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Neutral Citation Number: 2009 18
Reported Number:
File Number: CF 2266 2007
Appellant: The Commissioners for Her Majesty’s Revenue and Customs v Ruas [2009] EWCA Civ 1043)
Judge/Commissioner: Judge J. Mesher
Date Of Decision: 23/03/2010
Date Added: 12/02/2009
Main Category: Residence and presence conditions
Main Subcategory: presence
Secondary Category: European Union law
Secondary Subcategory: Council regulations 1408/71/EEC and (EC) 883/2004
Notes: Reported with the decision of the Court of Appeal as [2010] AACR 31 Residence and presence conditions – presence condition – entitlement to child benefit for child not in Great Britain – meaning of “employed or self-employed person” in Article 1 of Council Regulation (EEC) 1408/71 The claimant was a Portuguese national. He came to the United Kingdom from Portugal in 2000 with his wife and youngest daughter. His two elder daughters remained in Portugal, and he sent money for their upkeep. The claimant worked in Britain and paid national insurance contributions until he became unable to work in 2004 because of ill-health. Child benefit was claimed for all three children in January 2002, but was awarded only in respect of his youngest daughter. In 2006 the claimant asked for a review and completed a form applying for child benefit for his two elder daughters. At that time he was in receipt of disability living allowance and income support and qualified for national insurance credits on the ground of incapacity for work. The Commissioners for Her Majesty’s Revenue and Customs refused his application in respect of his two elder daughters because they were not, and could not be treated as being, in Great Britain as required by section 146(1) of the Social Security Contributions and Benefits Act 1992. The issue on appeal was whether he could benefit from Article 73 of Council Regulation (EEC) No 1408/71 as an employed or self-employed person and therefore entitled to United Kingdom family benefits in respect of members of his family residing in another Member State. The tribunal held (following R(F) 1 /94). that although he came within the personal scope of the Regulation because he had been employed in the United Kingdom he could not benefit from Article 73 because he was not employed or self-employed at the time of the claim. The Upper Tribunal judge declined to follow R(F) 1/94 on the point in issue and held that the circumstances of the claimant in the present case could not be distinguished in any relevant way from those accepted by the European Court of Justice in Case C-85/96 Martinez Sala v Freistaat Bayern [1998] ECR I-2691 and Case C-262/96 Sürül v Bundesanstalt für Arbeit [1999] ECR I-2685 as meeting the definition of “employed or self-employed person” in Article 1(a)(ii) of the Regulation, under which he could be identified as an employed or self-employed person on the basis of the relevant scheme being one for all residents or the whole working population. Provided he satisfied the condition in section 143(1) of the 1992 Act by contributing to the cost of providing for his elder daughters at a weekly rate not less than the relevant weekly rate of child benefit, they were members of his family for the purposes of Article 73 and he was entitled to child benefit for them. The Commissioners appealed to the Court of Appeal. The Commissioners argued (citing Case 17/76 Brack v Insurance Officer [1976] ECR 1429, Case 84/77 Caisse Primaire d’Assurance Maladie d’Eure-et-Loir v Tessier [1978] ECR 7 Case C-15/90 Middleburgh v Chief Adjudication Officer [1991] ECR 1-4655 and C-4/95 and C-5/95 Stöber and Piosa Pereira v Bundesanstalt für Arbeit [1997] ECR 1-511) that the effect of the United Kingdom’s entry in Annex 1 to the Regulation was to restrict limb (ii)(a) of Article 1 to persons who are currently an “employed earner” or a “self-employed earner” within the meaning of the domestic legislation or a person claiming a benefit who was previously employed and whose national insurance contributions can be linked to the benefit claimed. Held, dismissing the appeal, that: 1. Brack, Tessier, Middleburgh and Stöber do not clearly support the Commissioners’ analysis of the effect of the United Kingdom’s entry in Annex 1 and had the Community jurisprudence ended with Stöber, there would have been sufficient doubt to warrant a reference to the European Court of Justice (paragraphs 50 to 56); 2. doubts were, however, removed by the ECJ’s judgment in Sala, where the ECJ plainly did not require, for the purposes of Mrs Sala’s entitlement as an employed person within Article 1(a)(ii), that she should be in current employment or that there should be a link between the benefit she claimed and her previous employment, and that interpretation was confirmed by Case 182/78 Bestuur van het Algemeen Ziekenfonds Drenthe-Platteland v G Pierik [1979] ECR 1977 (paragraphs 57 to 60); 3. that interpretation was supported by the policy underlying the Regulation disclosed by its recitals, which show that, although the Regulation is an instrument for co-ordination rather than harmonisation, the policy underlying the Regulation is that, in support of the freedom of movement of workers who are nationals of Member States, employed persons and self-employed persons moving within the Community should be subject to the social security scheme of only one single Member State in order to avoid the overlapping of national provisions and ensuing complications, and that the exceptions to the general rule should be as limited as possible (paragraph 61).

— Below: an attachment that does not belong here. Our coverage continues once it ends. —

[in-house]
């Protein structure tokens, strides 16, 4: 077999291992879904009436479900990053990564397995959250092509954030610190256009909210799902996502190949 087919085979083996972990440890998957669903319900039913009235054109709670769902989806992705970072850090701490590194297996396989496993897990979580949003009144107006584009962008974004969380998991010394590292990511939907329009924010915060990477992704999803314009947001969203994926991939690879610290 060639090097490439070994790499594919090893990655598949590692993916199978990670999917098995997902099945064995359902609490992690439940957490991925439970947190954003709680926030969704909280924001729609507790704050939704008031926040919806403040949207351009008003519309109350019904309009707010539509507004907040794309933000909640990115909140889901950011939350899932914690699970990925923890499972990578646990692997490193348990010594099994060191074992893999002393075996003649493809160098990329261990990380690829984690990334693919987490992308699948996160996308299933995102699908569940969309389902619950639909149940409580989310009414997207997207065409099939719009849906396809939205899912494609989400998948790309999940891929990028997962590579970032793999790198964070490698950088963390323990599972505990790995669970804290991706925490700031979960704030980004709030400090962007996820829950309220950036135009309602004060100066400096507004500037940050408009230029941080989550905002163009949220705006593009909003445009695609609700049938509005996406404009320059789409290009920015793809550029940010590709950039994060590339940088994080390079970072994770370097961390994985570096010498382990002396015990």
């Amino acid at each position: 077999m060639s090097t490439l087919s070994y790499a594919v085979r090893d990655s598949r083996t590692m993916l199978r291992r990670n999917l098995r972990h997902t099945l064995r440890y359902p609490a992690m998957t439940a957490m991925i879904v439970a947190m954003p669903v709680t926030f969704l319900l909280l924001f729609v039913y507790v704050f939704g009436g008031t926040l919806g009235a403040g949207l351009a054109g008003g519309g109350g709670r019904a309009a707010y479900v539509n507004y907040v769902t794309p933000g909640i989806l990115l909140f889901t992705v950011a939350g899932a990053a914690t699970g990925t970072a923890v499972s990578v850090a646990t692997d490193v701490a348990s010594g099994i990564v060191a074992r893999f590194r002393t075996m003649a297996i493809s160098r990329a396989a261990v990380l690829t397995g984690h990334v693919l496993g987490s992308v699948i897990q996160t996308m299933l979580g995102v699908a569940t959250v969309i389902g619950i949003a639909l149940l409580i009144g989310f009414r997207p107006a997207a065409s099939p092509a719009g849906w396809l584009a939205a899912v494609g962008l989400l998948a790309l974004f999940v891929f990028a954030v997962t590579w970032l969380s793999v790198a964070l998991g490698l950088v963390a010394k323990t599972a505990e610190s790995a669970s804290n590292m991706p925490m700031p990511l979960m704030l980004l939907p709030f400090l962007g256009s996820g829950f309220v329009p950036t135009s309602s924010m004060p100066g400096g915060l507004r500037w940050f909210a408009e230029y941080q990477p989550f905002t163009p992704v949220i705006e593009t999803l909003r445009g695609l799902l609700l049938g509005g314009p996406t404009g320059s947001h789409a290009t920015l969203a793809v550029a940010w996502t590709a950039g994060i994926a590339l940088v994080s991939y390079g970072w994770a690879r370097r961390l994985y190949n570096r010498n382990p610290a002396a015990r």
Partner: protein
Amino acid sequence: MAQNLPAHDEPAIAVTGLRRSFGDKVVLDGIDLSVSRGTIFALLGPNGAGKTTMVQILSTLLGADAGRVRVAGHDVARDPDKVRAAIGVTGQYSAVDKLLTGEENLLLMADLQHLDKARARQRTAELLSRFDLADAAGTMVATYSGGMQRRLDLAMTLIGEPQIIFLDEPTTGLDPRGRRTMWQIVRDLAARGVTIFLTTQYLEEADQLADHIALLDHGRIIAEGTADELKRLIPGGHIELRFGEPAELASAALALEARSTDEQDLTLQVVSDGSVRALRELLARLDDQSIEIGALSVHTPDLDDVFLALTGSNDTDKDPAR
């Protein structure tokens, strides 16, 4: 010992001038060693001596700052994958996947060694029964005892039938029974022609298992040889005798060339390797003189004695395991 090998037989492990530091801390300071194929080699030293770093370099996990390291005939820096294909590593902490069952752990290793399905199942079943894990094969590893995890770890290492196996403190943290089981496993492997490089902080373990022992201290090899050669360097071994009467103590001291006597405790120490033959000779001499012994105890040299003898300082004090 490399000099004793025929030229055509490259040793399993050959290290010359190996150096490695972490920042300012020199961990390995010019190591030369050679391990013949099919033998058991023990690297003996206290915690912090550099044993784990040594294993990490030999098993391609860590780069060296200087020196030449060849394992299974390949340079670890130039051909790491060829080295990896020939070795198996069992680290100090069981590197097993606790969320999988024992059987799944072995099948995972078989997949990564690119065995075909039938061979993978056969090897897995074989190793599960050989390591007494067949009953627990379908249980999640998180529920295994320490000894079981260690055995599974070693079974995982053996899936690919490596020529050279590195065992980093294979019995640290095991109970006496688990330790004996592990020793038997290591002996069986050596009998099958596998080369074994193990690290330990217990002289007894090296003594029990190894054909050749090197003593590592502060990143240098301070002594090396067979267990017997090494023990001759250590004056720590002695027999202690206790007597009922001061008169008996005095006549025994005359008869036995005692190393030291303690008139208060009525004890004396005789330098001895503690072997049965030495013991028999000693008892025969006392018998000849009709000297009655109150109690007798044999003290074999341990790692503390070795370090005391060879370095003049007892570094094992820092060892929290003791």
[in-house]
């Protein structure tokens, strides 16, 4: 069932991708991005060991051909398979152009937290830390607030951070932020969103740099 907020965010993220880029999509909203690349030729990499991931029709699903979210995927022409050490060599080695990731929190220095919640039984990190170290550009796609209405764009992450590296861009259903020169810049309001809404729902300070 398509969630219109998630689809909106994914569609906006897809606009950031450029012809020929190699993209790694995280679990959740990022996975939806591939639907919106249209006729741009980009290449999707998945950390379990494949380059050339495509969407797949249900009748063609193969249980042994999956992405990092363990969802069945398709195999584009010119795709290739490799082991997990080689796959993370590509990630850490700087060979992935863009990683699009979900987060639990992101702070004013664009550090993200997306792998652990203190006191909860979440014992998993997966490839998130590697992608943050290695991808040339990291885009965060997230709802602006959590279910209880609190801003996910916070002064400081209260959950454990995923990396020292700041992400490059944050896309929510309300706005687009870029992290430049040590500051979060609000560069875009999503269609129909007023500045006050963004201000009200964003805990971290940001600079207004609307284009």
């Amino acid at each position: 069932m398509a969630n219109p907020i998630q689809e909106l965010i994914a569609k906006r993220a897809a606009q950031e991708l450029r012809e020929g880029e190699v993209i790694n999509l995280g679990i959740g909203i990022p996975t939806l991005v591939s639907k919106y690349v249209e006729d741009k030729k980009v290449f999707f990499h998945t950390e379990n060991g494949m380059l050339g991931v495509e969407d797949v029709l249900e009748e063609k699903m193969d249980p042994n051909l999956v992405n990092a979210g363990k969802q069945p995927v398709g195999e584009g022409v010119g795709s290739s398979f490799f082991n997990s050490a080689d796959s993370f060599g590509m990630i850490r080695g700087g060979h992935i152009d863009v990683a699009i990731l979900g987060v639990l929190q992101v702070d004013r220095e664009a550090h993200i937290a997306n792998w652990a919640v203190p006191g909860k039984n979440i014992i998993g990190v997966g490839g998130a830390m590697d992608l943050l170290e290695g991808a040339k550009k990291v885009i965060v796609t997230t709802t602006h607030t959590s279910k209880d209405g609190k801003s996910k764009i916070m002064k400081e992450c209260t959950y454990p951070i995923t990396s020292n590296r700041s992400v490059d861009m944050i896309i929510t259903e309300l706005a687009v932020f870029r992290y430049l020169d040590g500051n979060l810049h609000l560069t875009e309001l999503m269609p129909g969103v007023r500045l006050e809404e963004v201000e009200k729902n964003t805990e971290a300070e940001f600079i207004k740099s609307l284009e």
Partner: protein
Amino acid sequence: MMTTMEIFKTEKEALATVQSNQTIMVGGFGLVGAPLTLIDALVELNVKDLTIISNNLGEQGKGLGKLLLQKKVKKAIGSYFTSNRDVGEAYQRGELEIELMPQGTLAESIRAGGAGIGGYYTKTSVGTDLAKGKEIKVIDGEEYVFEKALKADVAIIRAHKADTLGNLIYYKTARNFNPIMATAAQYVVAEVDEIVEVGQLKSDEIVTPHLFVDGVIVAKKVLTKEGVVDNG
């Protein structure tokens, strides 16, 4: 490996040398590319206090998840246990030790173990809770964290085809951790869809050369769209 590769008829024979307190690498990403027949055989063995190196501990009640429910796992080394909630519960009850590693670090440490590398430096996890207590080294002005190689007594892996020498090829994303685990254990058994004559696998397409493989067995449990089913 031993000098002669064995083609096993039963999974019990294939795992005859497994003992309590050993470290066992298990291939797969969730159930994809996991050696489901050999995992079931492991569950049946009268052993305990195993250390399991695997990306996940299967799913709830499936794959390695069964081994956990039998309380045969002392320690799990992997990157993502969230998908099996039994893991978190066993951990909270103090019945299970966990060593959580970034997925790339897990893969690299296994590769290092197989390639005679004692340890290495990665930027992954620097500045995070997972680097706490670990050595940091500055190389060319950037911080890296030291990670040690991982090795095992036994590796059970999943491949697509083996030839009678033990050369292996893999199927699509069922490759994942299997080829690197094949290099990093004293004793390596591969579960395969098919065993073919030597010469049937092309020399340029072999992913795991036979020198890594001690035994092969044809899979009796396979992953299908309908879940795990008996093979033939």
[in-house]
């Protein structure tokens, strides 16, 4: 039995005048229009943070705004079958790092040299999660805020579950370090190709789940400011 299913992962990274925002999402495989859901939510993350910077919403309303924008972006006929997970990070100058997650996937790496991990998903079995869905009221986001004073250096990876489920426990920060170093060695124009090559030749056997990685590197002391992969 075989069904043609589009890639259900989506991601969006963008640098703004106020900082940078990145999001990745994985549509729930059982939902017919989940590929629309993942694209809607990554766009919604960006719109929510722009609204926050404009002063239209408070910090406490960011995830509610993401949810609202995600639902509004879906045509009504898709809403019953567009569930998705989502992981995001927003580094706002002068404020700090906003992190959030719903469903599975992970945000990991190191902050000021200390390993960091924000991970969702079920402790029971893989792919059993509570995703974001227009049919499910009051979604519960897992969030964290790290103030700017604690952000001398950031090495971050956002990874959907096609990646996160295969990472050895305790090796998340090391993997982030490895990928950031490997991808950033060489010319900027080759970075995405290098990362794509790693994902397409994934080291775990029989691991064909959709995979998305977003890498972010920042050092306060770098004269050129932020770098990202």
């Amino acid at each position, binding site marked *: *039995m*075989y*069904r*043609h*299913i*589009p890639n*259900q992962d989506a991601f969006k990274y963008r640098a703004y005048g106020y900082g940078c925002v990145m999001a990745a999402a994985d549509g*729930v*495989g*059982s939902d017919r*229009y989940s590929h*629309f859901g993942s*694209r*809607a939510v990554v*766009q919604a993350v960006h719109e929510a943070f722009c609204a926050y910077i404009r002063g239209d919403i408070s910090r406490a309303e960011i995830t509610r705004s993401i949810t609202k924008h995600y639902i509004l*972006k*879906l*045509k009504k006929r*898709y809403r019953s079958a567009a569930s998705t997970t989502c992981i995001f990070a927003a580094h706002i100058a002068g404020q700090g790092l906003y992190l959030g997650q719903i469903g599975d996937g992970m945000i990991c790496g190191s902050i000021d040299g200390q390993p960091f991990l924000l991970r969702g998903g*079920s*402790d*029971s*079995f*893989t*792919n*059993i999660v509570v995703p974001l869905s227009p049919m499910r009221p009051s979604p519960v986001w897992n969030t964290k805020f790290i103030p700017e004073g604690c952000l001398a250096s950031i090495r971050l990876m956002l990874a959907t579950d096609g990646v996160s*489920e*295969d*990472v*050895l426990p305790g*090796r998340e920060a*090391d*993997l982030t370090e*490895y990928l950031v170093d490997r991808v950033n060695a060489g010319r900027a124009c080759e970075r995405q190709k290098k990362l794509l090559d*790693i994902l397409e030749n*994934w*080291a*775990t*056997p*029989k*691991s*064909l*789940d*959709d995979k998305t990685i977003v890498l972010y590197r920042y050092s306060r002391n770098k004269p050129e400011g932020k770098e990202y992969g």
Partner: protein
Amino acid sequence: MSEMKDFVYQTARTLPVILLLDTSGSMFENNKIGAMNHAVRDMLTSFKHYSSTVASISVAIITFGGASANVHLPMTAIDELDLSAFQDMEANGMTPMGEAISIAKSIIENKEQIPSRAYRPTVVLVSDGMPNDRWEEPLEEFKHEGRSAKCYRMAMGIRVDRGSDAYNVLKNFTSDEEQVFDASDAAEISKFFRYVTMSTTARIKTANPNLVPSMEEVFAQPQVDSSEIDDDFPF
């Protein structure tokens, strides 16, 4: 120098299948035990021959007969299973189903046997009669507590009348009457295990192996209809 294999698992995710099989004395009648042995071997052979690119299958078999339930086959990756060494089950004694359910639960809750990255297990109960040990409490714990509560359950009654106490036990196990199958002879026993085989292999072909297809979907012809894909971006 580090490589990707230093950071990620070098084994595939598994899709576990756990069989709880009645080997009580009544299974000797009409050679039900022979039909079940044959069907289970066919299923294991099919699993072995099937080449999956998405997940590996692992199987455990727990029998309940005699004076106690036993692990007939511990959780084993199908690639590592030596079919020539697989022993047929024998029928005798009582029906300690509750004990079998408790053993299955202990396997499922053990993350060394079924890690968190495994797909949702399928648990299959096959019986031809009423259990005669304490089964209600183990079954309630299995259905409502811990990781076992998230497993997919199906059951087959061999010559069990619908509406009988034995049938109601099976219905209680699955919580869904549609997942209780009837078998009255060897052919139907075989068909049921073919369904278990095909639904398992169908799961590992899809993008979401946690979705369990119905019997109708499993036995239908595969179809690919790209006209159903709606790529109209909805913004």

Decision(s) to Download: [2010] AACR 31 bv.doc [2010] AACR 31 bv.doc